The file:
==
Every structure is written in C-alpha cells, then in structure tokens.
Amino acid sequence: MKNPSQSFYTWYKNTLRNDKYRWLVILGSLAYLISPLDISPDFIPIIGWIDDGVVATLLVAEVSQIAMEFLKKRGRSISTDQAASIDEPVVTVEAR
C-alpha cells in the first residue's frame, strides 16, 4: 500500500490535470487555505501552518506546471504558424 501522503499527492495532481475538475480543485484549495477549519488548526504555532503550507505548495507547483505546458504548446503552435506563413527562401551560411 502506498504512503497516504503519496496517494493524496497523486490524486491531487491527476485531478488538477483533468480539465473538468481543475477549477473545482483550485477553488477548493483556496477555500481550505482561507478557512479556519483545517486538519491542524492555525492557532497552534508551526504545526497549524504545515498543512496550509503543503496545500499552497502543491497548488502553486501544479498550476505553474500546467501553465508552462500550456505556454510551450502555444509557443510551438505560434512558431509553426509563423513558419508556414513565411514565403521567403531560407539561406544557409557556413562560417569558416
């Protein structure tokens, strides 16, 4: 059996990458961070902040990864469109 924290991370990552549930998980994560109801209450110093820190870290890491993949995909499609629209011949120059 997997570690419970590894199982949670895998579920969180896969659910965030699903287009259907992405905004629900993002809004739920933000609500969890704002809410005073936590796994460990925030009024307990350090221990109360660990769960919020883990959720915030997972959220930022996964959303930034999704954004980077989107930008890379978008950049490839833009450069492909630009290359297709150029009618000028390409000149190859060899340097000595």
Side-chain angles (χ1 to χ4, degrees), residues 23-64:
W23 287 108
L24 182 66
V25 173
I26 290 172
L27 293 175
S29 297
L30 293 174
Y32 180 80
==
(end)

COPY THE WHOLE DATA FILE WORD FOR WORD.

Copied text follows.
Every structure is written in C-alpha cells, then in structure tokens.
Amino acid sequence: MKNPSQSFYTWYKNTLRNDKYRWLVILGSLAYLISPLDISPDFIPIIGWIDDGVVATLLVAEVSQIAMEFLKKRGRSISTDQAASIDEPVVTVEAR
C-alpha cells in the first residue's frame, strides 16, 4: 500500500490535470487555505501552518506546471504558424 501522503499527492495532481475538475480543485484549495477549519488548526504555532503550507505548495507547483505546458504548446503552435506563413527562401551560411 502506498504512503497516504503519496496517494493524496497523486490524486491531487491527476485531478488538477483533468480539465473538468481543475477549477473545482483550485477553488477548493483556496477555500481550505482561507478557512479556519483545517486538519491542524492555525492557532497552534508551526504545526497549524504545515498543512496550509503543503496545500499552497502543491497548488502553486501544479498550476505553474500546467501553465508552462500550456505556454510551450502555444509557443510551438505560434512558431509553426509563423513558419508556414513565411514565403521567403531560407539561406544557409557556413562560417569558416
């Protein structure tokens, strides 16, 4: 059996990458961070902040990864469109 924290991370990552549930998980994560109801209450110093820190870290890491993949995909499609629209011949120059 997997570690419970590894199982949670895998579920969180896969659910965030699903287009259907992405905004629900993002809004739920933000609500969890704002809410005073936590796994460990925030009024307990350090221990109360660990769960919020883990959720915030997972959220930022996964959303930034999704954004980077989107930008890379978008950049490839833009450069492909630009290359297709150029009618000028390409000149190859060899340097000595």
Side-chain angles (χ1 to χ4, degrees), residues 23-64:
W23 287 108
L24 182 66
V25 173
I26 290 172
L27 293 175
S29 297
L30 293 174
Y32 180 80